It's possible that the biggest news of the week might not be either the Boston bombings or today's failure of gun legislation to pass the Senate. It might be this:

The Pentagon is sending about 200 troops to Jordan, the vanguard of a potential U.S. military force of 20,000 or more that could be deployed if the Obama administration decides to intervene in Syria to secure chemical weapons arsenals or to prevent the 2-year-old civil war from spilling into neighboring nations.

Troops from the 1st Armored Division will establish a small headquarters near Jordan's border with Syria to help deliver humanitarian supplies for a growing flood of refugees and to plan for possible military operations, including a rapid buildup of American forces if the White House decides intervention is necessary, senior U.S. officials said.

...The move marks the first deployment that Pentagon officials explicitly described as a possible step toward direct military involvement in Syria....U.S. officials say they have stepped up preparations because the Syrian civil war shows few signs of abating, and a political settlement that includes the departure of President Bashar Assad appears increasingly unlikely.

Defense Secretary Chuck Hagel insists that military intervention in Syria is still an "option of last resort," but once operations like this start to ramp up, they often acquire a momentum of their own. This is something to keep a very, very close eye on.

New York mayor Michael Bloomberg said today that the Manchin-Toomey gun legislation failed because senators are afraid of the NRA:

Today's vote is a damning indictment of the stranglehold that special interests have on Washington. More than 40 US senators would rather turn their backs on the 90% of Americans who support comprehensive background checks than buck the increasingly extremist wing of the gun lobby.

The implication here is that there are a bunch of senators who wanted to vote for M-T, but didn't because they were afraid of retaliation from the NRA. For the most part, though, that's not really right. The NRA certainly has the power to make life miserable for politicians who vote against them, but here's their real power:

Generic support for gun control fell from 78 percent to 44 percent over the past two decades. Over that time, the NRA persuaded the public that gun control was a bad idea, and it paid off for them today. The upward blip in support following the Sandy Hook massacre is probably fairly ephemeral, but even if it's not, 58 percent support just isn't enough to pass contentious legislation. You generally need two-thirds or more. Even 70 percent support in 1994 was only barely enough to pass a modest assault weapons ban.

That's the power of the NRA. They've worked hard to get the public on their side, and that brings politicians along automatically. They don't really need to threaten conservative senators to get their support because conservative senators already agree with them. That agreement is strong enough that even a watered-down background check bill with 90 percent public support can't overcome a filibuster, and renewal of the assault weapons ban is just flatly out of the question.

President Obama was right to call this "round one." This kind of thing is a long-term fight for public opinion, and only after you get the public firmly on your side do you have any real chance of passing serious legislation. So the question today for liberals is simple: Is this issue important enough to keep banging away on it for years on end, the way the NRA does? If not, nothing will ever happen.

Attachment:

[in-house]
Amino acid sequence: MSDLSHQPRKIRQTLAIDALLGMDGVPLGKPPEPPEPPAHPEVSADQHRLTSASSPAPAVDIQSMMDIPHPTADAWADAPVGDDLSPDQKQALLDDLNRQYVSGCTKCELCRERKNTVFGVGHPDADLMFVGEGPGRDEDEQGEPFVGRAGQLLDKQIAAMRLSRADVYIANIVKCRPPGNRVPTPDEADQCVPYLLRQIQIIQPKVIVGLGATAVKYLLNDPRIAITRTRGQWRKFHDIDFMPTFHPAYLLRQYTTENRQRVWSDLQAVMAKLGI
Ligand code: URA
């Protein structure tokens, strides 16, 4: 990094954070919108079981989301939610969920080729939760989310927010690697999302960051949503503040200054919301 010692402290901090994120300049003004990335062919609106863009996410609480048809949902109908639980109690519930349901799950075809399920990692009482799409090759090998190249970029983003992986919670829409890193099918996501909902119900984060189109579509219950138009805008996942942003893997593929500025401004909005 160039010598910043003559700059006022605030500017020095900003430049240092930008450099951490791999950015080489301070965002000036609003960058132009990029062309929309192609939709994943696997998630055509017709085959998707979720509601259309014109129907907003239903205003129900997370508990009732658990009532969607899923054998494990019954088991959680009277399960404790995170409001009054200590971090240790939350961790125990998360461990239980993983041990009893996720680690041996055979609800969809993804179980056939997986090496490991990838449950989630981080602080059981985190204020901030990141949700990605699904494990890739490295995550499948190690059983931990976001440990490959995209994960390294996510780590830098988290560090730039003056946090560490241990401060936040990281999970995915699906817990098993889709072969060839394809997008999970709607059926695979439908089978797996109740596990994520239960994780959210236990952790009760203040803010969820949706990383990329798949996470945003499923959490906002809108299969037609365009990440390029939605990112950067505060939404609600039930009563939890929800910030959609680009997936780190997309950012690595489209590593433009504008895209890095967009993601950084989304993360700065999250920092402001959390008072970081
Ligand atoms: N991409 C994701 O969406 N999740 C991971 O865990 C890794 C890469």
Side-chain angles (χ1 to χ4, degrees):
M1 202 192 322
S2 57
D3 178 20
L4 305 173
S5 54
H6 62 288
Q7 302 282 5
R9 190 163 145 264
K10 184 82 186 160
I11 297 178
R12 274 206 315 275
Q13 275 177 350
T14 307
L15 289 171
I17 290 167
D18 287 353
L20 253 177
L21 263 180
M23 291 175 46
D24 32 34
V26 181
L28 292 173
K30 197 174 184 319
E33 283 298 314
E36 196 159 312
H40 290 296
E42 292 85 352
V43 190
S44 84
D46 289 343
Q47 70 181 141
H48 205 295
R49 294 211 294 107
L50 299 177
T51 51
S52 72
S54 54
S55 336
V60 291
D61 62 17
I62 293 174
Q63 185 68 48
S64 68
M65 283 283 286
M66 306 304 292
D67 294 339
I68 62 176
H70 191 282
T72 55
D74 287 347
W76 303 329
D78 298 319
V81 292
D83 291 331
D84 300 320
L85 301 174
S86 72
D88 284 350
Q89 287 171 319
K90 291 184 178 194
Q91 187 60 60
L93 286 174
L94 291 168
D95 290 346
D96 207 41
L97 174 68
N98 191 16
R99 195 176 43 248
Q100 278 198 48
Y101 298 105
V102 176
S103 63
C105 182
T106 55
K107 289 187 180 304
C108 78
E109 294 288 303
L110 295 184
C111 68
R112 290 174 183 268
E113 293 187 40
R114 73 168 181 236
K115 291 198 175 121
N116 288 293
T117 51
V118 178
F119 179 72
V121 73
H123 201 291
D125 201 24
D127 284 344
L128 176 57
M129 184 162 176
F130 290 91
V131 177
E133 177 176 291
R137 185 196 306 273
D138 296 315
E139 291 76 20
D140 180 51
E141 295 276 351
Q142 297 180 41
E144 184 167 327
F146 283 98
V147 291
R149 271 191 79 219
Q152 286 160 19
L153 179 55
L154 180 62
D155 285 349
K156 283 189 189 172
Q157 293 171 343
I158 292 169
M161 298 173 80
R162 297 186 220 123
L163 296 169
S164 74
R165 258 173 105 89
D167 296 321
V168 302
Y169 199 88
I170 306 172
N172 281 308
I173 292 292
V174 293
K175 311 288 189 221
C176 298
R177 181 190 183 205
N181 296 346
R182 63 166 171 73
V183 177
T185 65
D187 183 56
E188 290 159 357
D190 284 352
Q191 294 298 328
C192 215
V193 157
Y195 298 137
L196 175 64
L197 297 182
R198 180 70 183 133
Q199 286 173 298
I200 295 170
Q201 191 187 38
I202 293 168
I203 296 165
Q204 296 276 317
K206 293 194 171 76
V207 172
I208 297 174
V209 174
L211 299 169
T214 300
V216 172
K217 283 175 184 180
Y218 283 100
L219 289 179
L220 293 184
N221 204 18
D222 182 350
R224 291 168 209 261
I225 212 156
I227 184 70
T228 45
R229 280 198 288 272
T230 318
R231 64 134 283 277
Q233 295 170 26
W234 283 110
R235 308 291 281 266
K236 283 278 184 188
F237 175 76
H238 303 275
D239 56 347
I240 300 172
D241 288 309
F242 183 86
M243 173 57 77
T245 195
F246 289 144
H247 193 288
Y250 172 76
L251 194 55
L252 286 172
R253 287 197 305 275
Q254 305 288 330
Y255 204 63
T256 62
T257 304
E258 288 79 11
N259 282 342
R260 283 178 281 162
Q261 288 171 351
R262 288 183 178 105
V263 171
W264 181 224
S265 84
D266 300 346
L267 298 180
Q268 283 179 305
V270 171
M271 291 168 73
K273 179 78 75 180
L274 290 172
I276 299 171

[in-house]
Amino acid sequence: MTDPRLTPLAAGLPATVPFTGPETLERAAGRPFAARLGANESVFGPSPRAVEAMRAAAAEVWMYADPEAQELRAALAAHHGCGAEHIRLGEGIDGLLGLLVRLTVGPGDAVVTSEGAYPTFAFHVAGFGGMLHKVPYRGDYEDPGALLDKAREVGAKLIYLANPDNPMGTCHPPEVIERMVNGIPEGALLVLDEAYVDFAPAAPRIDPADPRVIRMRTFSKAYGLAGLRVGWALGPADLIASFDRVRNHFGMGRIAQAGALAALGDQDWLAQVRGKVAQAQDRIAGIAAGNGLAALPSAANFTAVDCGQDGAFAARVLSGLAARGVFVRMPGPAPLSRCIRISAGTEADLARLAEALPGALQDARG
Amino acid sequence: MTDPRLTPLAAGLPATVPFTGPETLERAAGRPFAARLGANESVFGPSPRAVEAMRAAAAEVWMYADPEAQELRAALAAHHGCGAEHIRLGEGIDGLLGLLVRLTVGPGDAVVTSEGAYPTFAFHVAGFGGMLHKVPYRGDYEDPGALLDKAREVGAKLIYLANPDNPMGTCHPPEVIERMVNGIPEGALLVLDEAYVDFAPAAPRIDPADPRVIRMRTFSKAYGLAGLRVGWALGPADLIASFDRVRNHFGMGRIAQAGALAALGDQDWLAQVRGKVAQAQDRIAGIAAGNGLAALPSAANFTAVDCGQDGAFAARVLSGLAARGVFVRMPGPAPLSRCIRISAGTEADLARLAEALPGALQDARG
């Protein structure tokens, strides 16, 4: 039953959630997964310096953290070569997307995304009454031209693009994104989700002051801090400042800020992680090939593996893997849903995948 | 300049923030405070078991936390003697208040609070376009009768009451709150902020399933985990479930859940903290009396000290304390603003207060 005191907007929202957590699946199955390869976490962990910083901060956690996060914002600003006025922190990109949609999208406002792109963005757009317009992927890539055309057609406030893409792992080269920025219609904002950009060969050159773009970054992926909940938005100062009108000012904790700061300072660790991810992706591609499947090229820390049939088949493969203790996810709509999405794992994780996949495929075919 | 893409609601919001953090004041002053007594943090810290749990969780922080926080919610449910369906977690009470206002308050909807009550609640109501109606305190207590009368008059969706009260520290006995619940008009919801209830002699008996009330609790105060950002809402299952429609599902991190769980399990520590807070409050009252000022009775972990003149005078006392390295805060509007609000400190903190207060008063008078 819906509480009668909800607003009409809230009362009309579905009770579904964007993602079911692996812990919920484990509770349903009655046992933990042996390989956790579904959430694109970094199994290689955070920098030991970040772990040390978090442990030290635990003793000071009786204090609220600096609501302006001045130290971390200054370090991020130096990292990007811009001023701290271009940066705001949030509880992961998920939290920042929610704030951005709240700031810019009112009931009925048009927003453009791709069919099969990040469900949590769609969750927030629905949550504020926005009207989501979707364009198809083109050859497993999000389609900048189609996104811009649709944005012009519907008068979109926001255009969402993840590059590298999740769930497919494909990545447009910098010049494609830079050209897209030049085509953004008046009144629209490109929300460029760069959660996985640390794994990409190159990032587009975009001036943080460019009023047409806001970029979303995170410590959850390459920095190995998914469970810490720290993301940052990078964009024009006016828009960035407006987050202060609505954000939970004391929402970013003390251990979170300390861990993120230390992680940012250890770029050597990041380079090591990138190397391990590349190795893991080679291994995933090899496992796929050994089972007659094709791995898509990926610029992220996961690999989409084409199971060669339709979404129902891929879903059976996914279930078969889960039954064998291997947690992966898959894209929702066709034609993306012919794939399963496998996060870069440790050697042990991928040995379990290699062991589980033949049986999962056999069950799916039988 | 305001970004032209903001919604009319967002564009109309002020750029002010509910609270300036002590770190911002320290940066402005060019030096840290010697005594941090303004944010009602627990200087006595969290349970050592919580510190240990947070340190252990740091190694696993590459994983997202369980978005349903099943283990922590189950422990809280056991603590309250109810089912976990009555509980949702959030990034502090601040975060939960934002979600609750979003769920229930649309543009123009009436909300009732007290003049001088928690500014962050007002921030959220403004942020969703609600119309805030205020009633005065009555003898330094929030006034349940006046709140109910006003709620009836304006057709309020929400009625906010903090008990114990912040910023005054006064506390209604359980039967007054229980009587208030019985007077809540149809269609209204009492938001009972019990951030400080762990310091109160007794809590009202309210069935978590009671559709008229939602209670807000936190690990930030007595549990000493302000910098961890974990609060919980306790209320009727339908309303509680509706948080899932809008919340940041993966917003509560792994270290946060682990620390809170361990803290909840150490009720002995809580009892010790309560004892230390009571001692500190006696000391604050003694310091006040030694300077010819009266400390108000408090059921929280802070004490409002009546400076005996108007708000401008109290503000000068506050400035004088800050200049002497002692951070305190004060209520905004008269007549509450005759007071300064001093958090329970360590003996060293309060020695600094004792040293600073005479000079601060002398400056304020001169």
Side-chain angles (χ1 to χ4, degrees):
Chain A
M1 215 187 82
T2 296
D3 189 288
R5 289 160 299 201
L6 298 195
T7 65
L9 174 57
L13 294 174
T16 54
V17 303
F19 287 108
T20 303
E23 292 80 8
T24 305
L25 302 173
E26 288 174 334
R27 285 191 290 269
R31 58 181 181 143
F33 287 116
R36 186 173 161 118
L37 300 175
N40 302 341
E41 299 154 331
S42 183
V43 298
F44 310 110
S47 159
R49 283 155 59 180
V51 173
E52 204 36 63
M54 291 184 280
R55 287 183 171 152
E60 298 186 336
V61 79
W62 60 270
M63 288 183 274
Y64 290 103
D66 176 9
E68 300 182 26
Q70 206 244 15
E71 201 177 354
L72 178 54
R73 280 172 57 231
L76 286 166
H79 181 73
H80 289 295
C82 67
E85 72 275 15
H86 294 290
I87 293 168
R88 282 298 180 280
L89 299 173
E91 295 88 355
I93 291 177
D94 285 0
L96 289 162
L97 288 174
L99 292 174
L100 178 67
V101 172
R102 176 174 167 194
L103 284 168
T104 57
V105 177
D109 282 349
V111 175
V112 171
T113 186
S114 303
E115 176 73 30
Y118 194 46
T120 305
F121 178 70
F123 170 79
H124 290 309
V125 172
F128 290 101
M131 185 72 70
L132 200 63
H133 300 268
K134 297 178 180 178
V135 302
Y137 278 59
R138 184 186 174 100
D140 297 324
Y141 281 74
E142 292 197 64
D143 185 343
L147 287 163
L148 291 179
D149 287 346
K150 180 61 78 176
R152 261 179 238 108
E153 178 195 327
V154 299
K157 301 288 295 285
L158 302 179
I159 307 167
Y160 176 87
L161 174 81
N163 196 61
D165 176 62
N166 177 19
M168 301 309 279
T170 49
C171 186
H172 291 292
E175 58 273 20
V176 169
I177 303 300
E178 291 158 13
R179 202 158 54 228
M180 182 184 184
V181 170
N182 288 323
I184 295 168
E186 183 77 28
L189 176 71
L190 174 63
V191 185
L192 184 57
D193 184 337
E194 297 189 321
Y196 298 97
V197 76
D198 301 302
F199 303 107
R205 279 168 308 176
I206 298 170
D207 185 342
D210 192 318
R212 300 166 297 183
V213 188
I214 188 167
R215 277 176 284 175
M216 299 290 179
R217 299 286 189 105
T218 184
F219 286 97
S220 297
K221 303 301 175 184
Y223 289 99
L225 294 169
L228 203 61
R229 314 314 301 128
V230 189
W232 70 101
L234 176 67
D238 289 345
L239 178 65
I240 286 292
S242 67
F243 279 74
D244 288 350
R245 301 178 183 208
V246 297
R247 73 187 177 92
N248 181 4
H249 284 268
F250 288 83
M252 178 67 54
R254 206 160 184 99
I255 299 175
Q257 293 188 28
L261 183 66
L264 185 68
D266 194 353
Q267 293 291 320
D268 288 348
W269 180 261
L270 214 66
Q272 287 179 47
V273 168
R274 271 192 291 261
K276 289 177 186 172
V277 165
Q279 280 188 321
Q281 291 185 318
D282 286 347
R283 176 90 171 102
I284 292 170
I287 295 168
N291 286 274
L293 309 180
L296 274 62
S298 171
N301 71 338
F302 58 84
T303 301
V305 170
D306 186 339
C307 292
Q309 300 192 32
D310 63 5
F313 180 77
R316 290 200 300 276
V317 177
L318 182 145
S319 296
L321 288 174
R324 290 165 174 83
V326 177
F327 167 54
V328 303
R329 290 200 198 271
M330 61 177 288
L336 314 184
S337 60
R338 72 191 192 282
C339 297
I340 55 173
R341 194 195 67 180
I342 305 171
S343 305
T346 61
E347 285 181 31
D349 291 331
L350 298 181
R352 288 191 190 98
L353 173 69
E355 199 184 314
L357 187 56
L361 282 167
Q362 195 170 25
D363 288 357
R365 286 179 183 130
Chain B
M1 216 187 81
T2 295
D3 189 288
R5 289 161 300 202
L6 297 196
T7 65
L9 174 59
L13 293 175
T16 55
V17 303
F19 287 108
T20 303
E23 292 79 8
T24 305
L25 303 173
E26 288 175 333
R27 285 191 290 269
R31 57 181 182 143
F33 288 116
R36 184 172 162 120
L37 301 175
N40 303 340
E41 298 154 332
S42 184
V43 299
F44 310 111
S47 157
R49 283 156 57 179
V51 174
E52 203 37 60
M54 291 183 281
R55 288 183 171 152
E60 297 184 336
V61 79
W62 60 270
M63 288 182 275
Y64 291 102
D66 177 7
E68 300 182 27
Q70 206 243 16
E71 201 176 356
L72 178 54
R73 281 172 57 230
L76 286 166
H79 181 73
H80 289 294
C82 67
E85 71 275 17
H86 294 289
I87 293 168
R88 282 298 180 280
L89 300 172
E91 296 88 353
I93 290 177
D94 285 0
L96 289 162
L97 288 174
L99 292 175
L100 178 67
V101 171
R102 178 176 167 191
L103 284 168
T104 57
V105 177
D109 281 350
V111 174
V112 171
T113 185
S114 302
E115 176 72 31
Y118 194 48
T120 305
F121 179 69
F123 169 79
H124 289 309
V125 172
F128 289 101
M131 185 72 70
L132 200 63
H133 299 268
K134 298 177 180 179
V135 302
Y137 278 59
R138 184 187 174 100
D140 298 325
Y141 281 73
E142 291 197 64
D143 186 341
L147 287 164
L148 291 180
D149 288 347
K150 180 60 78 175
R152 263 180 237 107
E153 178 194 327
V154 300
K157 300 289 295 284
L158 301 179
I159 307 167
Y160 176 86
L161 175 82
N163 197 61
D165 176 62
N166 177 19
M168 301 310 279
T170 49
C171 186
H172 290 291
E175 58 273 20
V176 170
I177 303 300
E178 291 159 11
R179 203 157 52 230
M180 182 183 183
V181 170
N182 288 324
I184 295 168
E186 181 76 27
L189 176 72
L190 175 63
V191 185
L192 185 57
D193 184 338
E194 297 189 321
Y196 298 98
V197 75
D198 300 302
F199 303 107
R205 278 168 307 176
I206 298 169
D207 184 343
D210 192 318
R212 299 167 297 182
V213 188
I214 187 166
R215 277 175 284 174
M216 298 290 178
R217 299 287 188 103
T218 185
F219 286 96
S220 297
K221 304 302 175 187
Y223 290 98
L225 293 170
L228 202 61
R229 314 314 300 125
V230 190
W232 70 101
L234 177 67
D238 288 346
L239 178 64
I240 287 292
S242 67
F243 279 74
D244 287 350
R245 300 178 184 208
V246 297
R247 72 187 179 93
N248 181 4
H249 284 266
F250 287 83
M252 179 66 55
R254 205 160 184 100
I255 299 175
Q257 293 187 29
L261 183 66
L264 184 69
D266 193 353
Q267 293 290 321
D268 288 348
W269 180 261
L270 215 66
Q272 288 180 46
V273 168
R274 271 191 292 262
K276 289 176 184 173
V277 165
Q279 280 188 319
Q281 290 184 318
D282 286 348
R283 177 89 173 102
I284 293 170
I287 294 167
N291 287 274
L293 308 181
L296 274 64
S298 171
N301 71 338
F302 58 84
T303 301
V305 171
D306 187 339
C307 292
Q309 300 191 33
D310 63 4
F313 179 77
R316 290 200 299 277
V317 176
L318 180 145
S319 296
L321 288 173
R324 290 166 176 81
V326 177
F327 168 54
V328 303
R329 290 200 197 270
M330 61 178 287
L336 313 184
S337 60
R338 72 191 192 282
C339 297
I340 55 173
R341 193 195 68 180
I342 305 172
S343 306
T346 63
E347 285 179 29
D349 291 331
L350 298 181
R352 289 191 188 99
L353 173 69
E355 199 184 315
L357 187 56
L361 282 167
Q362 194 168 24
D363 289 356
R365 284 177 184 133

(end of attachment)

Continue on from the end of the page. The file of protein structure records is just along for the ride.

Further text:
Matt Yglesias thinks that Apple's strategy of earning very high margins on Mac desktops and laptops isn't very smart:

Apple already has an awful lot of cash. Getting even more cash is not particularly useful for any goal at this point (diminishing marginal utility). So they ought to do something. One smart thing to do would be to make a strategic investment in Mac OS market share since with its current rather small market share Mac profits are not a particularly important part of overall Apple profits, but Mac could and should be an important part of Apple strategy.

I'll play devil's advocate here. As I recall, Matt himself has made the point in the past that plowing money into a declining business usually doesn't make sense. If you make buggy whips, you should forget about trying to make a better or cheaper buggy whip. Just milk the product for all it's worth, return the profit to shareholders (or plow it into another product line), and shut the whole thing down when it finally gets too small to be worth running.

This is actually conventional wisdom, and my guess is that this is how Apple feels about Macs. Could they get more market share if they slashed prices? Maybe. Then again, maybe not. Mac buyers tend to be devotees who are willing to pay more because they love Macs. Anyone who's truly price sensitive is never going to be a customer anyway—especially these days, when Windows and Mac OS have converged enough that, frankly, there's not a big difference between them.1

But the kicker is the fact that the PC market is declining, and no one thinks this is going to reverse in the long term. It's losing out to tablets and phones and Google glasses. Given that fact, why bother trying to increase your market share a point or two? There's no long-term benefit since the entire segment is doomed.

Now, there's still the question of what to do with the mountains of cash that Macs spin off, and it's pretty clear that Apple doesn't yet have any bright ideas on that front. Neither do I. But using it to buy more market share in a declining segment probably isn't the answer.

1Yes, I know this is going to start a flame war. Save your breath. I've used both Macs and Windows boxes, and modern versions work about equally well and have pretty similar feature sets. There are differences, some that favor Macs and some that favor PCs, and those of us who live and breathe tech will defend them against all comers. But for your average consumer, who just wants to browse the web and send some emails, they're about the same.